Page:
There’s a tendency to oversimplify the situation in Ukraine. Hearing the news, one might think the country is divided east and west with a Ukrainian side versus a Russian one.
The reality is much more complex.
So says Alina Simone. She is a Russian-speaking, Ukrainian-born, Jewish-American writer who lives in Brooklyn, New York. And she is like many in Ukraine, who come from a variety of backgrounds and cultures.
She says that identity in Ukraine, and other countries that were part of the former Soviet Union, almost comes down to genetics. "It almost requires a blood test,” she says. “Your passport defined your identity as Jewish, Russian, Ukrainian, or Tatar.”
Due to her heritage, Simone’s parents were able to pick between Jewish or Russian for their daughter’s identity. They chose Russian. And they did it for practical purposes.
She’s from the town of Kharkov, where Russian was the main language in schools — pushed by the then-Soviet government. But while her parents chose her identity for her passport, they didn’t force the Russian identity on her during her childhood.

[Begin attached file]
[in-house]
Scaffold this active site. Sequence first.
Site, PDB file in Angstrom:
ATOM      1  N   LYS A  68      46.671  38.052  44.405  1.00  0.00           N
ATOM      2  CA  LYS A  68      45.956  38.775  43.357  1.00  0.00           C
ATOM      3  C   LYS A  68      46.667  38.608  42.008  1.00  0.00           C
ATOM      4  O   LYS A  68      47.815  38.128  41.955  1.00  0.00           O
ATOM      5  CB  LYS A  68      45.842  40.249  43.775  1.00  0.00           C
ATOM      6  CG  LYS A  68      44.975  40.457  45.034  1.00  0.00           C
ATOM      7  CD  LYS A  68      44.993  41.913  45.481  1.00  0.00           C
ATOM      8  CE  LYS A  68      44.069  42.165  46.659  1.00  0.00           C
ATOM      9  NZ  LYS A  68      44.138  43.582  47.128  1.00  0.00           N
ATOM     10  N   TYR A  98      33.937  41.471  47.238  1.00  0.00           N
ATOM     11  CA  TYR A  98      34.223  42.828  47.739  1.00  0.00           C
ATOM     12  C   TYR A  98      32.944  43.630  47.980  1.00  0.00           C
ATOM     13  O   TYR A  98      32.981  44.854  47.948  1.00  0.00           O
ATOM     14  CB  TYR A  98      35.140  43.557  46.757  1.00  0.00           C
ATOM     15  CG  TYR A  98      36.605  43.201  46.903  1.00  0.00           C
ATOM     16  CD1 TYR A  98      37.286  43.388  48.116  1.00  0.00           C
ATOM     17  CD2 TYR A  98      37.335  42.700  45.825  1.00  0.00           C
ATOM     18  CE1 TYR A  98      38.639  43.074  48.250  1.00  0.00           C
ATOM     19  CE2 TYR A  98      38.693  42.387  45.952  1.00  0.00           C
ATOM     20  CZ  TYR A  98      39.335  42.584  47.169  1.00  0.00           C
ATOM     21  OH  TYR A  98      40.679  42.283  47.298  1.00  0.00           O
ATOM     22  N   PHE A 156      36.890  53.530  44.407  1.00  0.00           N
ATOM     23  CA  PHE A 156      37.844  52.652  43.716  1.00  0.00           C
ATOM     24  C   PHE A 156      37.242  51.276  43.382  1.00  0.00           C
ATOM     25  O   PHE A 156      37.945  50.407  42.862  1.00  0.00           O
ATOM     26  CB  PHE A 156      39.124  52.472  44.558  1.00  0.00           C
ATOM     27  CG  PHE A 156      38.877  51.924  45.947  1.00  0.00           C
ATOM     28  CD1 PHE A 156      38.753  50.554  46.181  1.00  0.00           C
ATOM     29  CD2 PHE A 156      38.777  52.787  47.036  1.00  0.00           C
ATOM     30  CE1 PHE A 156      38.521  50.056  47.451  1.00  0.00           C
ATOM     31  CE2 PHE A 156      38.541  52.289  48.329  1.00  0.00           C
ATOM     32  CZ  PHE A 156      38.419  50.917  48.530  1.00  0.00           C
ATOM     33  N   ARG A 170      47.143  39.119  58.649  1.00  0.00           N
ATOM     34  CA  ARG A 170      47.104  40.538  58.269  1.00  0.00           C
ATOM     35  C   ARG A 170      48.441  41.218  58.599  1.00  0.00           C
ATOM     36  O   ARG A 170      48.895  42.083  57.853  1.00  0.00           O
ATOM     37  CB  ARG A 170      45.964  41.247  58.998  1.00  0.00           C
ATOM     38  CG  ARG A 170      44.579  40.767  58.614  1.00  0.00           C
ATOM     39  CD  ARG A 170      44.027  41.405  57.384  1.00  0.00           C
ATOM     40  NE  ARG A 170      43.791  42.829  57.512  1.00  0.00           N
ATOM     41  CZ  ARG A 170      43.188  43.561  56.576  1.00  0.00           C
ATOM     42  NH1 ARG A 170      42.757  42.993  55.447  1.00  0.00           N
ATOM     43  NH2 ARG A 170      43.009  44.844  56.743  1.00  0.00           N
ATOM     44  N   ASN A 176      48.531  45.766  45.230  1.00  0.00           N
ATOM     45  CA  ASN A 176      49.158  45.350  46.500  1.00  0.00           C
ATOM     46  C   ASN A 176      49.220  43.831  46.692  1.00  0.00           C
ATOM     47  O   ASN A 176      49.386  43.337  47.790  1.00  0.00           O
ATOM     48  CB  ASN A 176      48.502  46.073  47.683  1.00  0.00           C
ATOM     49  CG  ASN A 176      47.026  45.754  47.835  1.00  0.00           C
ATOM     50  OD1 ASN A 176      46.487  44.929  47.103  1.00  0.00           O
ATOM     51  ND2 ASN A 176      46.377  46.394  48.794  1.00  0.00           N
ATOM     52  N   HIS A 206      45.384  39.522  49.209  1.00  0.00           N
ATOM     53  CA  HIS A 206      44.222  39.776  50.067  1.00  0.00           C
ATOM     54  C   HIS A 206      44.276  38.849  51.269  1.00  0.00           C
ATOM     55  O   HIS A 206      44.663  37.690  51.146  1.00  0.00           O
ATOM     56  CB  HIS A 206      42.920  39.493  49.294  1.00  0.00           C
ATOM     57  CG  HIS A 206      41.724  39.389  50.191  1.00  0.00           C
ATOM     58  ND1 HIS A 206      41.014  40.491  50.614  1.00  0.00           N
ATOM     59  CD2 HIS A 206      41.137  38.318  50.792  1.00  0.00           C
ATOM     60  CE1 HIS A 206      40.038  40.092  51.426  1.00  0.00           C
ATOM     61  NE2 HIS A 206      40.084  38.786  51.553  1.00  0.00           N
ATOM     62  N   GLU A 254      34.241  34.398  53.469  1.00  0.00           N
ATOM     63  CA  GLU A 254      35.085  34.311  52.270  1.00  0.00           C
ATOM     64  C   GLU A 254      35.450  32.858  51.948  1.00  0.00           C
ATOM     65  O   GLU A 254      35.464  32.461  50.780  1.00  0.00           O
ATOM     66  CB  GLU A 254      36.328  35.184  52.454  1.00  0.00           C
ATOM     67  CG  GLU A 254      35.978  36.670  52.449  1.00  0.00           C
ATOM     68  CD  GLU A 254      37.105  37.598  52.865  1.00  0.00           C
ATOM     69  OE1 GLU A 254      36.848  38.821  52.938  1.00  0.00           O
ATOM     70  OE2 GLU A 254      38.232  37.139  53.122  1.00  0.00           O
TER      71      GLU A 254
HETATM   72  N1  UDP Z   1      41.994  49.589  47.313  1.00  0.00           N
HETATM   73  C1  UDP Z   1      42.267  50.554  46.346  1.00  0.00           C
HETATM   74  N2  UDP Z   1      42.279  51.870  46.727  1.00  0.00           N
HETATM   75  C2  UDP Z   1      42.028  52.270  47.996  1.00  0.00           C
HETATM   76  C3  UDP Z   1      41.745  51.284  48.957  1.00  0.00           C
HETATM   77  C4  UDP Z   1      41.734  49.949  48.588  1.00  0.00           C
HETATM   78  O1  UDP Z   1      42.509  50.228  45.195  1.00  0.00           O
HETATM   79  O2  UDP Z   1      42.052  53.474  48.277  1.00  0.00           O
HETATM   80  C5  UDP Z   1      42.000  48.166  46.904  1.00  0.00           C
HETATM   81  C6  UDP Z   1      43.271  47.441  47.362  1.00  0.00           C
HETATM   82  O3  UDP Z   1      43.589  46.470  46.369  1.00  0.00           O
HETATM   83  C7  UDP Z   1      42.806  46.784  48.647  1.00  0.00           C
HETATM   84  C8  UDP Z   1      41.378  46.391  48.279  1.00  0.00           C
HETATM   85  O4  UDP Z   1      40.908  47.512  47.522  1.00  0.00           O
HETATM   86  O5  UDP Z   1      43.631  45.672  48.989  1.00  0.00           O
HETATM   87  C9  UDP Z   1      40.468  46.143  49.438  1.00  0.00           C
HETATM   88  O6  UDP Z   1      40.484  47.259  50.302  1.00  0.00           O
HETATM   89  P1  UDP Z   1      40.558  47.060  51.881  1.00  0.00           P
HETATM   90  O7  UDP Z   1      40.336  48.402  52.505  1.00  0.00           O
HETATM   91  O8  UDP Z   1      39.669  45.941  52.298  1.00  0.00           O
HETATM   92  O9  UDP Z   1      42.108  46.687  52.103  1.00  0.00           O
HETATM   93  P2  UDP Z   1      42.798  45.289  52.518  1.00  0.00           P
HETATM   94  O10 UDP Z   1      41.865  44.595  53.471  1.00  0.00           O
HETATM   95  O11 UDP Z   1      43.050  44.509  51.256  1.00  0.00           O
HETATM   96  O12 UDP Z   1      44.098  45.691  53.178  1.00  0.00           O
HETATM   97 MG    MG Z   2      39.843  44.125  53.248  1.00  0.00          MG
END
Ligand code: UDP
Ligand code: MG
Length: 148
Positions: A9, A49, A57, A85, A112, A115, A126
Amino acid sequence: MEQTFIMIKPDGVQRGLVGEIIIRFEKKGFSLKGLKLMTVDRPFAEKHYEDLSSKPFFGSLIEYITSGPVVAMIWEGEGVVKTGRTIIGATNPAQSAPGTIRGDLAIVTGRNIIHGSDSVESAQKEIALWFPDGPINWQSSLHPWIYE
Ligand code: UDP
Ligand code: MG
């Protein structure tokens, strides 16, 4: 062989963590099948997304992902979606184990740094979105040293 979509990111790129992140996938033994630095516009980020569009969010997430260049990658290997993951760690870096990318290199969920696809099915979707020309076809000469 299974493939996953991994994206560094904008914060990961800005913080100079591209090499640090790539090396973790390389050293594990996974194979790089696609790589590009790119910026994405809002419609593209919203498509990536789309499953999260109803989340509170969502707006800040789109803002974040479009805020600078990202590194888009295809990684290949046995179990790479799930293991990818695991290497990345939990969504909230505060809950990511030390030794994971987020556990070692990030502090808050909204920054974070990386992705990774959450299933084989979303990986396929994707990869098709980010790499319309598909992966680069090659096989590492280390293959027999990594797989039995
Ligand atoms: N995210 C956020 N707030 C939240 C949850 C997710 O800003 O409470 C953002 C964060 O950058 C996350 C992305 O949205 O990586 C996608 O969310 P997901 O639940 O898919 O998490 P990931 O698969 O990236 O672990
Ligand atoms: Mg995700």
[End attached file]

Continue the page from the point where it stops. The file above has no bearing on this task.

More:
That makes it hard for her to answer the question: "Are you Ukrainian or Russian?"
“It’s very complicated,” she says. “But I do consider myself Russian because this was the language I grew up speaking and half of my family is from St. Petersburg.”
Yet after the Orange Revolution in 2004-05, her father began to rethink his position. He started encouraging Simone to own her Ukrainian identity. He told her that, by western standards, she is Ukrainian, as her family has lived in the area for generations. He told her she should be comfortable calling herself Ukrainian.
Simone's situation is common in Ukraine. She says it’s a country full of mixed ethnicities — something you don't see in the simple maps that appear on websites and screens, from the New York Times to CNN.
“I think it’s really important to remember that location does not automatically equal loyalty. Nor does language." She says that just because you are a Russian speaker, that does not mean you support a Russian annexation of Ukraine.
She says there are plenty of pro-Maidan protesters, those who occupied Kiev's Independence Square, who only speak Russian. On the flip side, her father just spoke with an ethnic Ukrainian friend who supports Russia.
So, as you hear stories in the coming days about Ukraine, she says you should keep in mind the situation is complex, and that identity isn't as simple as what appears on a passport.